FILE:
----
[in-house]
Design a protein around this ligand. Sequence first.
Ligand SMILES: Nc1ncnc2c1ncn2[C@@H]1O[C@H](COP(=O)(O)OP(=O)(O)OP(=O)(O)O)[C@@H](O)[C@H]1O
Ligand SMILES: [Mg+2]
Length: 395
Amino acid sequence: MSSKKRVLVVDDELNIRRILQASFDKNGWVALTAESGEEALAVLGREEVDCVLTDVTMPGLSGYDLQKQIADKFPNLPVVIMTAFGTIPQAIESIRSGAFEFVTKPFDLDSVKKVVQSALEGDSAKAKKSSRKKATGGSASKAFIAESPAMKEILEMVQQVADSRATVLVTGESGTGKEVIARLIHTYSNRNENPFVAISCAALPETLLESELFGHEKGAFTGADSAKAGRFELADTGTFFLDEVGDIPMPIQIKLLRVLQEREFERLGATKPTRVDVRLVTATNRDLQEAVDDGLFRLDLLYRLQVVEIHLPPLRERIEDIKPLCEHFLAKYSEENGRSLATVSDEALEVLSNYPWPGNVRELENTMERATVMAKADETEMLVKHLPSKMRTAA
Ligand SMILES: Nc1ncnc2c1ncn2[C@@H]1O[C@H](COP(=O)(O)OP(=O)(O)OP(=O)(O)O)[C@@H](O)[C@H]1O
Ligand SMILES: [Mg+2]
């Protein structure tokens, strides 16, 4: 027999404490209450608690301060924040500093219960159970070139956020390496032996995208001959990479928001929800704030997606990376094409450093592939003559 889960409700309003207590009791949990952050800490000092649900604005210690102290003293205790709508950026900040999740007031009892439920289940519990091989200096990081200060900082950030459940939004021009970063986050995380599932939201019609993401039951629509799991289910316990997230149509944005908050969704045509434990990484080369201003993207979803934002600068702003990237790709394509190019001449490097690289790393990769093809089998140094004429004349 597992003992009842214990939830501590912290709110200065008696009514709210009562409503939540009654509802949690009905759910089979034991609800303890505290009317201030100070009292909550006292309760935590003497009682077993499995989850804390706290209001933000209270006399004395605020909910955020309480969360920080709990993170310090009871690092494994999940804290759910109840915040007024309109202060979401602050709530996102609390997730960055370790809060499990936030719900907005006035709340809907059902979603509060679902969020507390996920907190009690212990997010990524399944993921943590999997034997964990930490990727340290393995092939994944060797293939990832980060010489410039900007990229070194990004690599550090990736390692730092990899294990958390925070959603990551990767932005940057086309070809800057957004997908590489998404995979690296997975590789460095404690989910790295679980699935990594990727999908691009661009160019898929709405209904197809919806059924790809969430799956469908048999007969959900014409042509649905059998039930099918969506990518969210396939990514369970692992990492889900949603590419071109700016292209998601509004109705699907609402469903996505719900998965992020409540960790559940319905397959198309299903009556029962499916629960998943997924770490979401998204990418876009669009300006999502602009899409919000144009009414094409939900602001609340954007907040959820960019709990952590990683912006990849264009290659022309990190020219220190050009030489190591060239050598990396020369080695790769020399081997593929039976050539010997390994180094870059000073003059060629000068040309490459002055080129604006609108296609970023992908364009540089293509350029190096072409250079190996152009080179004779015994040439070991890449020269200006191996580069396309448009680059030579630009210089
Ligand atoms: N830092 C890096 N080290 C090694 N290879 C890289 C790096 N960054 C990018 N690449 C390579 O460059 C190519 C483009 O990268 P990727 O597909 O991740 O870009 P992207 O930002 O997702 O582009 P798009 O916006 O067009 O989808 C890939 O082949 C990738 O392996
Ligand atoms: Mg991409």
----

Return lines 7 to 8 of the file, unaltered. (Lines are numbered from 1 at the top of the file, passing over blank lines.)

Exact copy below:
Ligand SMILES: Nc1ncnc2c1ncn2[C@@H]1O[C@H](COP(=O)(O)OP(=O)(O)OP(=O)(O)O)[C@@H](O)[C@H]1O
Ligand SMILES: [Mg+2]